| Posted February 5, 2018 | By Bonnie Sue Lewis, President | Categorized under Other |

I've been asked to share with you about my choice of this year's ASM topic, Interfaith Friendship as Incarnational Mission Practice.  Although I've been teaching mission history and practice for over 20 years now at the University of Dubuque Theological Seminary, my interest in interfaith relationships is a more recent development.  It stems from witnessing a growing number of Muslim families moving into Dubuque when IBM opened an office here about eight years ago.  I realized I knew so little about this second largest and fastest growing world religion, and my students were asking me questions.  So, as any good professor can tell you, I decided to teach a class on Islam so I could learn something about it!  I've told that story in a University of Dubuque publication of the Wendt Character Initiative, Character and...Courageous Compassion (Vol. 2/2016) or http://digitalud.dbq.edu/ojs/character.   This is how it began. . .

"I was to teach a seminary class on Christianity and Islam and knew so little of the latter.  A friend had introduced me to the local imam, Dr. Adib Kassas, a Syrian psychiatrist in town so I gave him a call.  Could my friend and I have coffee with him some afternoon this week to talk about lecturing in my class?  He laughed.  "I'd be glad to, but it will have to be after dark," he said.  "It's the last week of Ramadan."  I was embarrassed.  I had made the first of many religious faux-paus:  I had not even realized that this was, indeed, the height of one of the most revered Muslim holy days, and one of the Five Pillars of Islam.  Fortunately, Adib took my ignorance in stride and simply invited me and my friends to dinner with the Muslim community of Dubuque on Saturday, for Eid al-Fitr, the festival celebrating the end of the month-long fast of Ramadan.

"Thus, on that Saturday, September 11, 2010, nine years to the day after the Twin Towers fell, when a fanatic Baptist preacher was burning Qur'ans in Florida, and to the consternation of my family members who knew only of TV images of rampaging Muslim fanatics, I headed out to a Muslim home in rural Illinois.  Welcomed by our host, a retired Syrian engineer and his family, my friends and I feasted on dates, nuts, palak gosht and many other succulent if unidentifiable dishes, in conversation with Muslims from around the world located in the Tri-state area.  So began an incredible journey of discovery and shared companionship across religious and cultural boundaries, a journey that spawned a new community of Christian, Muslim and Jewish families engaged in dialogue, hospitality and friendship: the Children of Abraham" (pp. 63, 64).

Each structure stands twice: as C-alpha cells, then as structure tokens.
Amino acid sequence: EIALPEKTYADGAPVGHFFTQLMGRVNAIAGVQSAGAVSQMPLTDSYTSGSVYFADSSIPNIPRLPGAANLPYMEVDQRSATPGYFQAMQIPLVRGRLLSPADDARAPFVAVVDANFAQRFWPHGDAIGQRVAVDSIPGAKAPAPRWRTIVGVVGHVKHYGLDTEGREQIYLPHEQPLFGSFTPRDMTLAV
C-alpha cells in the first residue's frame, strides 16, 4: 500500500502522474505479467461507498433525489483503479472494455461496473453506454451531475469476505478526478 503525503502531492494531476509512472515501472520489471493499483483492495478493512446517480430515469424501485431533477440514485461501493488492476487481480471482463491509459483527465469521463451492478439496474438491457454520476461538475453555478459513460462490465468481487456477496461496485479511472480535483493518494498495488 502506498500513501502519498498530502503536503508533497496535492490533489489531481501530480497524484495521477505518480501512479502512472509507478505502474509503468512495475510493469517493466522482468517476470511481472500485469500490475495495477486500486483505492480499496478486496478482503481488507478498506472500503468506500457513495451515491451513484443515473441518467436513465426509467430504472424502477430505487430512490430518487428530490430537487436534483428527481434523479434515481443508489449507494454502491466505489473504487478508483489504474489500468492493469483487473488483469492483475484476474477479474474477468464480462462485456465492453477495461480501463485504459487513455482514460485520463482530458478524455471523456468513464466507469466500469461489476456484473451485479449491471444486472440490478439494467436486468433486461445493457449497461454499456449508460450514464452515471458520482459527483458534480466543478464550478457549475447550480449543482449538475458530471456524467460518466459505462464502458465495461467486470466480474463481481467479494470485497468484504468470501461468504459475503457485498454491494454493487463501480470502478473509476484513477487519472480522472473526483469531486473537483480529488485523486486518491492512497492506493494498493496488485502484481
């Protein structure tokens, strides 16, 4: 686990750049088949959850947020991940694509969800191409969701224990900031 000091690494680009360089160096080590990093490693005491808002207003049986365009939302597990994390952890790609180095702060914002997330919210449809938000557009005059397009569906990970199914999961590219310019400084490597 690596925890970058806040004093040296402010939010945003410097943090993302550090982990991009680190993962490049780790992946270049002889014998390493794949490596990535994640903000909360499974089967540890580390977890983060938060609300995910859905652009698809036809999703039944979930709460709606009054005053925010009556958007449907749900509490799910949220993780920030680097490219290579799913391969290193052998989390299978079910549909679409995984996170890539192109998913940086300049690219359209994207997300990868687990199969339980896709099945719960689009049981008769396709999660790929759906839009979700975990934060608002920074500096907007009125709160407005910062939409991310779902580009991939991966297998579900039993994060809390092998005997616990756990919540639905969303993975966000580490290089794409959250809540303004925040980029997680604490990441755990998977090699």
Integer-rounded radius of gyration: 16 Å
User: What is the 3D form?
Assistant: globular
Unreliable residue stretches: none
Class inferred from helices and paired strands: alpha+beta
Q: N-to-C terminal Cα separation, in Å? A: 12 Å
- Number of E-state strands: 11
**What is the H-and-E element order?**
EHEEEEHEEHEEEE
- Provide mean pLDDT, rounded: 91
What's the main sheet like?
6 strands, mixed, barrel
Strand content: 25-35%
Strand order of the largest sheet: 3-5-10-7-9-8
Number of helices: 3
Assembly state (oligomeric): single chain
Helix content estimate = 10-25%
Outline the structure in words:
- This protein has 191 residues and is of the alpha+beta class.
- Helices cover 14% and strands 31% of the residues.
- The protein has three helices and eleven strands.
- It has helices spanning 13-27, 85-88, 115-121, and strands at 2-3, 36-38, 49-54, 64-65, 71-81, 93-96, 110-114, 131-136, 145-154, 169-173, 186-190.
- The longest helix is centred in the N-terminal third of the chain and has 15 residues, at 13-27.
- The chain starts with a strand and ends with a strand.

In the years since that initial encounter with local Muslims and Jews (there has been a synagogue in Dubuque since the 1920s that now houses a Reform congregation), I have not only learned far more than ever expected about both of these faiths, but made such significant friendships within both communities that I cannot imagine my life would be complete without them.  My own faith has deepened as I have seen God's grace extended to me through unanticipated avenues:  a seven year Qur'an study with the Imam and friends, multiple opportunities to engage with members of all three faiths in monthly conversations and local service projects over these years, and simply spending untold hours celebrating birthdays, holidays and life together in each other's homes. 

This has had such an impact on me that it has taken my teaching in a whole new direction.  I now challenge - invite - students to begin to build bridges of friendship and engage their own congregations in interfaith relationships in their own communities.  I have begun to see the fruit of such efforts as students cross religious boundaries and share their interfaith encounters.  Their joy, their questions, their faith deepens.  As they live out their faith among others who see God differently, they become more rooted in Christ.  The opportunity to be voices of peace and brokers of "another way" with those of other faiths in a climate of hatred and distrust, bear testimony to the Psalmist's claim: "How very good and pleasant it is when kindred live together in unity!" (Ps. 133:1)           

Interfaith friendships not only contribute to "peace on earth," but better fit us for the kingdom of God!  Practicing and accepting hospitality opens us to "the other" and the work of God in every human heart.  It is also God's love, brought home to us in Jesus Christ and by whose grace and mercy we draw strength to love and serve one another, which leads us to fruitful and faithful relationships.  I look forward to being together this summer at ASM to explore further the role of interfaith friendships in God's purposes!



By Bonnie Sue Lewis, President